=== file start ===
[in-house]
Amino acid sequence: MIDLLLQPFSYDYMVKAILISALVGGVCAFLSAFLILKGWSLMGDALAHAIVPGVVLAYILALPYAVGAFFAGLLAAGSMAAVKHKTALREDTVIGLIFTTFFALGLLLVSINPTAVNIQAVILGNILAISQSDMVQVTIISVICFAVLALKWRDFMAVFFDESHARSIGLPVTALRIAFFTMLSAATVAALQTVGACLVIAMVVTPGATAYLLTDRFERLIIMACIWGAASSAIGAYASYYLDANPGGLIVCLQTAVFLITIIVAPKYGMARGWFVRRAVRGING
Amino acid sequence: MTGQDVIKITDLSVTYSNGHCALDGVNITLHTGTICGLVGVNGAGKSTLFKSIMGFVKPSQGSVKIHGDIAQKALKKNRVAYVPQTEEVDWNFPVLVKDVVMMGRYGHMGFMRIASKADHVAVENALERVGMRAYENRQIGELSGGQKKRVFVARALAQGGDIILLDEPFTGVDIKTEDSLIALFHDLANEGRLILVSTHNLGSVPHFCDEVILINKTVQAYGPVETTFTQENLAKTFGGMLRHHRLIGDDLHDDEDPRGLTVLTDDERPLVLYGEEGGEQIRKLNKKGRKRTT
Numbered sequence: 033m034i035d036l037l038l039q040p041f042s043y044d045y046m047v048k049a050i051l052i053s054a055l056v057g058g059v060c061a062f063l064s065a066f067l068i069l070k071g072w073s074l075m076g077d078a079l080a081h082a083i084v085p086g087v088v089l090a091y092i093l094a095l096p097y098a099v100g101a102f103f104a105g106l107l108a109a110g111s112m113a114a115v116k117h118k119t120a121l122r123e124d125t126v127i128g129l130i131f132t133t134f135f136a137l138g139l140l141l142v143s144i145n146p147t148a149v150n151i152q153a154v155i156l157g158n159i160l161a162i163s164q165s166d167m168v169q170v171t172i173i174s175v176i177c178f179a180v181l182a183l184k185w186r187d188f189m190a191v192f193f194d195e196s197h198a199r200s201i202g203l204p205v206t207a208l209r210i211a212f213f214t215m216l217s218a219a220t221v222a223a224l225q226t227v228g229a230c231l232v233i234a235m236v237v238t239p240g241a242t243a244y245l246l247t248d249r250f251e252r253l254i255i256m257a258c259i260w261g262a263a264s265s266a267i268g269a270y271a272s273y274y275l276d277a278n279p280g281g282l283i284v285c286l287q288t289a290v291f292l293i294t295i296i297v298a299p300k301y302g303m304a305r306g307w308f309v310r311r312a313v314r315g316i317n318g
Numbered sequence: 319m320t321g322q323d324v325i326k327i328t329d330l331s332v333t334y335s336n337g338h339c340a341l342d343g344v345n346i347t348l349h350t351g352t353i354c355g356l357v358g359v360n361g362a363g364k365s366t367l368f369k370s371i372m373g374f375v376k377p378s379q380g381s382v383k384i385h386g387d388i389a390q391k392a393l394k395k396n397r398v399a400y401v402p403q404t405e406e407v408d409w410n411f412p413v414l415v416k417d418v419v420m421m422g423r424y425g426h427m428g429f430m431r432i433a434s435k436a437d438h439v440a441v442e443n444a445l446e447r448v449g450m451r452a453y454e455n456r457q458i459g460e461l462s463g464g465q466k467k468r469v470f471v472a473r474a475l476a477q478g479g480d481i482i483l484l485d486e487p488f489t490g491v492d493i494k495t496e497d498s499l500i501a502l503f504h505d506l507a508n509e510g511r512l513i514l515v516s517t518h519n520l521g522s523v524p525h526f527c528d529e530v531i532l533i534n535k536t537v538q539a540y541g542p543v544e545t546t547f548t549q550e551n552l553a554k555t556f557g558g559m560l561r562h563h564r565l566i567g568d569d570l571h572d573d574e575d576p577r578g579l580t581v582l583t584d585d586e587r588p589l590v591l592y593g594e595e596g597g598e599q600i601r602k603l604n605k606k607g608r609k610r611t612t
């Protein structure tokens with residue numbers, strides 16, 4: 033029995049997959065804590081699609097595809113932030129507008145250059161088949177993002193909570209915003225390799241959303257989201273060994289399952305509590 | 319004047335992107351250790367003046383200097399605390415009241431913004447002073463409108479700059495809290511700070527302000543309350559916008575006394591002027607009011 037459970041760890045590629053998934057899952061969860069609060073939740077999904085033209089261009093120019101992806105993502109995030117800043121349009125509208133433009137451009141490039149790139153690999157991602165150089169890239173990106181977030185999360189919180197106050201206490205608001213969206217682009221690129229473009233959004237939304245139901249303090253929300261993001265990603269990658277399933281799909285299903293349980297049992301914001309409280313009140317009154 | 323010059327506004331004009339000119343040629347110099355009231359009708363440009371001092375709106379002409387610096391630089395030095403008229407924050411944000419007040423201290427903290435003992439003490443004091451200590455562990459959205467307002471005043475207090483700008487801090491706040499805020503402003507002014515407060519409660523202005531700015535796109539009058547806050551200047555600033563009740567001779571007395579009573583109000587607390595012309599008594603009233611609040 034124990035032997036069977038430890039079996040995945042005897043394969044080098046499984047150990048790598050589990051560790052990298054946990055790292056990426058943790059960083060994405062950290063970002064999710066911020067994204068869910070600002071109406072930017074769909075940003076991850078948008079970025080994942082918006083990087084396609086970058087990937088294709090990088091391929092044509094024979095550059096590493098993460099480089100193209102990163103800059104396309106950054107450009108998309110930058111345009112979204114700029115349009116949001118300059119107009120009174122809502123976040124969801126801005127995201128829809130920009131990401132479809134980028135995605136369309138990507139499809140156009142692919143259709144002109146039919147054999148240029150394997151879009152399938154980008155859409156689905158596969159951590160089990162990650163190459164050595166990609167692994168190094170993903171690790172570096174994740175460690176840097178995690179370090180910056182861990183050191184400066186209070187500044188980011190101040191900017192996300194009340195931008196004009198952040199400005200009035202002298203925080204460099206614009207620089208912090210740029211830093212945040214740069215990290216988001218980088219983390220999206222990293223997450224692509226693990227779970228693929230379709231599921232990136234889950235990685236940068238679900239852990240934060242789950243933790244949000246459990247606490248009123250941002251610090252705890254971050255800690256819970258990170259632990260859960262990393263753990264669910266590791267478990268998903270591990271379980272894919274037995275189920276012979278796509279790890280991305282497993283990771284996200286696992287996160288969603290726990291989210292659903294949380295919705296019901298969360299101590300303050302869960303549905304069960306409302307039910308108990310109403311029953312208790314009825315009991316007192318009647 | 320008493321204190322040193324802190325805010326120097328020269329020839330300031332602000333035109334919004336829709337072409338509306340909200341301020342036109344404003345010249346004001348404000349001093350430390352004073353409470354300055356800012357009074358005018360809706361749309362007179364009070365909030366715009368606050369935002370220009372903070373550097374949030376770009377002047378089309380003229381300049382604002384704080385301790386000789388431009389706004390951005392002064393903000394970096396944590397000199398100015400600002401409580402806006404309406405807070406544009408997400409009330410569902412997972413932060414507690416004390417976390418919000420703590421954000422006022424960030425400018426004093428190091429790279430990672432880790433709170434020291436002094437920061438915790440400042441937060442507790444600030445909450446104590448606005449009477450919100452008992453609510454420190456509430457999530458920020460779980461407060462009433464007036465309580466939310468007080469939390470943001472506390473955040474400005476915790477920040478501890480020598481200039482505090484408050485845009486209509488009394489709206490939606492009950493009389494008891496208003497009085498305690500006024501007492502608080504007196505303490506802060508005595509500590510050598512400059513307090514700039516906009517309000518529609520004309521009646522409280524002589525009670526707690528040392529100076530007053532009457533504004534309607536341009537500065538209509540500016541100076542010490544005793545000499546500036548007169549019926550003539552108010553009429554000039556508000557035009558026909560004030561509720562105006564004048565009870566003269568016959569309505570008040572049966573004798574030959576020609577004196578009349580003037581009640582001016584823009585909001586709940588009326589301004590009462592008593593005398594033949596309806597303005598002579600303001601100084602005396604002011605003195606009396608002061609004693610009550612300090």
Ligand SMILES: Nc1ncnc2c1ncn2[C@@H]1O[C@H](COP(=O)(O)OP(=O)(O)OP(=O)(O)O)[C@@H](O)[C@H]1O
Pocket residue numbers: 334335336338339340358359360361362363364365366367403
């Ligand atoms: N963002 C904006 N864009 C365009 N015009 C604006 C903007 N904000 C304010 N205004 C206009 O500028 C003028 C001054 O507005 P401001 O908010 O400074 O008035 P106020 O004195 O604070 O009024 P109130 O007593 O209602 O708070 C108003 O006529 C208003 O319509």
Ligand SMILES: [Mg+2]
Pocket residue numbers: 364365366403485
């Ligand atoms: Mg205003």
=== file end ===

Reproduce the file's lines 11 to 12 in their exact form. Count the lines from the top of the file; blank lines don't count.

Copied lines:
Pocket residue numbers: 364365366403485
């Ligand atoms: Mg205003």